Last week, in Paris, seven European and African heads of state or government agreed a plan of action on migration and asylum, linked to movements from sub-Saharan Africa via Libya to Europe. The final text acknowledged a shared responsibility to address the root causes of irregular migration and the human rights abuses faced by migrants, the need to protect those who need protecting and support for the contribution of regular and well-managed migration.
These are important commitments, but they do not disguise the fact that the plan is geared primarily towards stopping people en route to Europe.
There is no simple solution to this most complex of issues, no magic bullet that will reconcile the pressures on people to escape war, persecution or poverty, climate change and other man-made disasters, with the reluctance of European nations to accept large numbers of migrants and refugees.
Perhaps the most worrying omission in the Paris document, is a failure to draw up a detailed blueprint to tackle the hidden human calamity that continues to take place within Libya, and along its coast.
Last December, a report issued jointly by my office and the UN Support Mission in Libya detailed the horrendous violations and abuses faced by migrants in official and unofficial detention centres in Libya. The report received some attention at the time, but memories are short when facts are inconvenient.
Nine months later, the situation has, if anything, grown worse. Allegations pour in, far beyond our capacity to verify them. Reports of bodies in the desert, in the forest, on the beaches. UN human rights staff contact the morgues in various towns, which complain they do not have enough space to store all the bodies. Some migrants die of thirst, hunger or easily-cured illnesses, some are tortured or beaten to death while working as slave labour, others are just casually murdered.
The unidentified bodies are buried in unmarked graves. Others simply disappear, unrecorded, unmourned, while somewhere in a far-flung country south of the Sahara, relatives wait anxiously for news that will never come. Apart from them, hardly anyone appears to care.
Our staff also document the rape of women in detention. They find ways to meet women who are locked up all day by men – the same men who organize their rape by night. In some cases, every night. We talk to these women, but are powerless to extract them from this ghastly fate. Such rape is endemic. Yet, both inside and outside Libya – despite reports like our one of last December, or articles like this – hardly anyone appears to care.
The information we receive is sketchy. We only hear from some parts of the country. Other parts are too dangerous to access, either for UN staff or others who might pass on the information. We cannot even guess the scale of the abuses inflicted on migrants in all these hidden places, untouched by the rule of law. The situation of migrants crossing Libya was appalling during Gaddafi’s era, but it has become diabolical since.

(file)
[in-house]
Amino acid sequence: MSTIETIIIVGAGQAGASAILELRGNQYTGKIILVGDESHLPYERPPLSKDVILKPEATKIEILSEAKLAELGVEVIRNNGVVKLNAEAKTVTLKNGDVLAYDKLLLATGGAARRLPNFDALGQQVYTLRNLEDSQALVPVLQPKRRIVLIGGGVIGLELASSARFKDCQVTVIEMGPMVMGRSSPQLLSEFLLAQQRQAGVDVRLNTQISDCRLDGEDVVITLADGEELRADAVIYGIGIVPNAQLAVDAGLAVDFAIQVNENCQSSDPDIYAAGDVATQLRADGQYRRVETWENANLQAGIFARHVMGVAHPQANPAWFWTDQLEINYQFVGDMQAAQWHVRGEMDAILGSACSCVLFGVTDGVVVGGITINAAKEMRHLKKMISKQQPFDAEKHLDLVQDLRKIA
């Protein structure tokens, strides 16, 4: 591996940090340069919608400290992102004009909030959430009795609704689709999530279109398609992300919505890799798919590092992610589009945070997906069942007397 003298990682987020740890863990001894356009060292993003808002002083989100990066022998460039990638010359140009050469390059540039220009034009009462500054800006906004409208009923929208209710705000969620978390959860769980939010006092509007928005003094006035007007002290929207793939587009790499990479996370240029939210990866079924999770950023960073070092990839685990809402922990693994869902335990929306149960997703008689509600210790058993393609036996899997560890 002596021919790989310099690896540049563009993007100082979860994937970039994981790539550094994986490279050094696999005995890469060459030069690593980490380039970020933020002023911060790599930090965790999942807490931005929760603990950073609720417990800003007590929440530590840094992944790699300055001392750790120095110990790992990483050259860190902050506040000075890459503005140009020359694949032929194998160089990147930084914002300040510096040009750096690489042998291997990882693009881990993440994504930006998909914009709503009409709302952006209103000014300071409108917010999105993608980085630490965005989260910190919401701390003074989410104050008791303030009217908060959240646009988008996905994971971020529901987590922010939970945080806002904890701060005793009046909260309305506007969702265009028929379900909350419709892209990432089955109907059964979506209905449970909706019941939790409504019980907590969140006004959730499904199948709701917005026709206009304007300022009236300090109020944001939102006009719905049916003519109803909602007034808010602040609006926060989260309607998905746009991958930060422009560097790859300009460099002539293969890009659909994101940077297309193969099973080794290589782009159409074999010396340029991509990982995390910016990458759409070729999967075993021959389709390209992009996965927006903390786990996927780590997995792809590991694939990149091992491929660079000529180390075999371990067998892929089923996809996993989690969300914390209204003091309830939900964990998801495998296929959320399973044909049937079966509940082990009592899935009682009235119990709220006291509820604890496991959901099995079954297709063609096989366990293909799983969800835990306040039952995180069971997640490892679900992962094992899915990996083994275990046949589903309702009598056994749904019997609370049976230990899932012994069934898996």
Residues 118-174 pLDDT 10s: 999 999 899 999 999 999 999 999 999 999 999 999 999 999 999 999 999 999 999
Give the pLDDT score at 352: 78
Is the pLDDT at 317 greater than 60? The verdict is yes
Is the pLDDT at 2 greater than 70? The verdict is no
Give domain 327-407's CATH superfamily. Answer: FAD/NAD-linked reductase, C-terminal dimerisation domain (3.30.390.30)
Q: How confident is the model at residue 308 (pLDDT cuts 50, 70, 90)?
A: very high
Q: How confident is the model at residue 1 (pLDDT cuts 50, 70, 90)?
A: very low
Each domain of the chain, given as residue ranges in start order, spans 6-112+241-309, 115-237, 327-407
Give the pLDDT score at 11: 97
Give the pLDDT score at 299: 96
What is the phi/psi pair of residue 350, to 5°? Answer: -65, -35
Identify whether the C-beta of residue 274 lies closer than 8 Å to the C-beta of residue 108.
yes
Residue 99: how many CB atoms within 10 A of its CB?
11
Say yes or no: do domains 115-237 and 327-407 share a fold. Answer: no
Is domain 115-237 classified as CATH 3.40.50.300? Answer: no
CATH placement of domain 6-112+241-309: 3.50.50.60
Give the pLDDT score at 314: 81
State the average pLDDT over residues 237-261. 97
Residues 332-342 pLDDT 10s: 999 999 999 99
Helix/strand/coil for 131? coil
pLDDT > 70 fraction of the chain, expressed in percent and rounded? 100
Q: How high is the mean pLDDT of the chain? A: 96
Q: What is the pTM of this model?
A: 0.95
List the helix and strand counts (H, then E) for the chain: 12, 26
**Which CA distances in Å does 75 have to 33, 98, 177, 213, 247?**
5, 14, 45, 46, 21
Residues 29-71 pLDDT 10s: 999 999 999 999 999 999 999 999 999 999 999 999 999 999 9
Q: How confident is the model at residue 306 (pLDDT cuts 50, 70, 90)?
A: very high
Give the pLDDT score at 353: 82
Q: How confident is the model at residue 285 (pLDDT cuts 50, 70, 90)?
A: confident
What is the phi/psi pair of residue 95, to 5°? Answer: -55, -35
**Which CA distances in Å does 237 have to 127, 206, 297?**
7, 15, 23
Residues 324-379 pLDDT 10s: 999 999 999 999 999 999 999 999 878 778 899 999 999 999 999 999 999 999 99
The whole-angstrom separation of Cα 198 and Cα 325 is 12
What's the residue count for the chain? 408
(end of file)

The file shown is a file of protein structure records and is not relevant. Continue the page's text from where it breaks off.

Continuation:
And here lies the moral – and legal – dilemma for the EU. When we interviewed migrants in Italy, we found many had been picked up by the Libyan Coast Guard during their initial attempts to escape. It didn’t stop their desperate efforts to reach Europe, it just made them more desperate after they were delivered back to the clutches of militias and state employees who exploit and abuse them. Returning people to detention centres where they are held arbitrarily, and face torture, rape and other serious human rights violations is a clear breach of the international law prohibition of ‘non-refoulement’.
The EU, and Italy in particular, are committed to supporting the Libyan Coast Guard – a coast guard that has shot at NGO boats trying to rescue migrants at risk of drowning – with the result that the NGOs now have to operate much further out to sea. A coast guard that sometimes rescues migrants in distress – but sometimes chooses not to. Like the militias onshore, coastguards also sometimes beat, rob and even shoot the migrants they intercept. Some European authorities play down the behaviour of a Coast Guard which jeopardises lives, while criticizing the NGOs trying to save them.
Yesterday, 7 September, the President of one of those NGOs, Joanne Liu of Médecins Sans Frontières, published an open letter in which she described the horrendous conditions she and her staff have encountered in the detention centres, and decries what she describes as the “cynical complicity” of those who support returning migrants to Libya while turning a blind eye to what is going on there. I fully support her analysis, and share her disgust at this situation.
I do not wish to downplay the Paris agreement, which contains the important recognition that a comprehensive response is needed to this complex situation. But it is very thin on the protection of the human rights of migrants inside Libya and on the boats, and silent on the urgent need for alternatives to the arbitrary detention of vulnerable people.
Serious action is needed to protect the hundreds of thousands of migrants bottled up in Libya, as innocent people continue to die or be maltreated every single day, on land and at sea. We should not continue to avert our eyes from this brutal reality.